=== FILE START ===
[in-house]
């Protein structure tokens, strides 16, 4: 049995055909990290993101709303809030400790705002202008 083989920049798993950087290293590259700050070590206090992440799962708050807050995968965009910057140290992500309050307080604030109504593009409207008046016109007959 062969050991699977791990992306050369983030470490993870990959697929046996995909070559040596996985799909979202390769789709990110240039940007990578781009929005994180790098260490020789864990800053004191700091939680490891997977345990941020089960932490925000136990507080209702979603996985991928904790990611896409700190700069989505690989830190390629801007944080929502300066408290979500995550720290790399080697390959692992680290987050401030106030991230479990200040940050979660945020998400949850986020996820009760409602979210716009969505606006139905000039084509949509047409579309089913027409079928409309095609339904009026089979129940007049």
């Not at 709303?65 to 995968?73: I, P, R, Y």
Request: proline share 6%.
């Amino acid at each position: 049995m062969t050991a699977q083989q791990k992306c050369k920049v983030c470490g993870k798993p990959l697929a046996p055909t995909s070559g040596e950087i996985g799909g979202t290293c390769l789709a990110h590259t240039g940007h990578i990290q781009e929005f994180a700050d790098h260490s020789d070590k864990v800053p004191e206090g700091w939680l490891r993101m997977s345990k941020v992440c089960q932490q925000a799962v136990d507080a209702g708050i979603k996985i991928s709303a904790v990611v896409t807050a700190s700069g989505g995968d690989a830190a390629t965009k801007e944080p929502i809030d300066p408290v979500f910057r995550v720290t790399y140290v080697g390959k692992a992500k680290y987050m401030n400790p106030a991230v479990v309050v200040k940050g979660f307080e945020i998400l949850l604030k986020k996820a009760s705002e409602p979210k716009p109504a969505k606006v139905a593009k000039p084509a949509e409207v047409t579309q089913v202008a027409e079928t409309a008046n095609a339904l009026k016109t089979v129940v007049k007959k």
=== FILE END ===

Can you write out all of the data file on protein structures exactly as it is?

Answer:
[in-house]
């Protein structure tokens, strides 16, 4: 049995055909990290993101709303809030400790705002202008 083989920049798993950087290293590259700050070590206090992440799962708050807050995968965009910057140290992500309050307080604030109504593009409207008046016109007959 062969050991699977791990992306050369983030470490993870990959697929046996995909070559040596996985799909979202390769789709990110240039940007990578781009929005994180790098260490020789864990800053004191700091939680490891997977345990941020089960932490925000136990507080209702979603996985991928904790990611896409700190700069989505690989830190390629801007944080929502300066408290979500995550720290790399080697390959692992680290987050401030106030991230479990200040940050979660945020998400949850986020996820009760409602979210716009969505606006139905000039084509949509047409579309089913027409079928409309095609339904009026089979129940007049």
């Not at 709303?65 to 995968?73: I, P, R, Y």
Request: proline share 6%.
């Amino acid at each position: 049995m062969t050991a699977q083989q791990k992306c050369k920049v983030c470490g993870k798993p990959l697929a046996p055909t995909s070559g040596e950087i996985g799909g979202t290293c390769l789709a990110h590259t240039g940007h990578i990290q781009e929005f994180a700050d790098h260490s020789d070590k864990v800053p004191e206090g700091w939680l490891r993101m997977s345990k941020v992440c089960q932490q925000a799962v136990d507080a209702g708050i979603k996985i991928s709303a904790v990611v896409t807050a700190s700069g989505g995968d690989a830190a390629t965009k801007e944080p929502i809030d300066p408290v979500f910057r995550v720290t790399y140290v080697g390959k692992a992500k680290y987050m401030n400790p106030a991230v479990v309050v200040k940050g979660f307080e945020i998400l949850l604030k986020k996820a009760s705002e409602p979210k716009p109504a969505k606006v139905a593009k000039p084509a949509e409207v047409t579309q089913v202008a027409e079928t409309a008046n095609a339904l009026k016109t089979v129940v007049k007959k």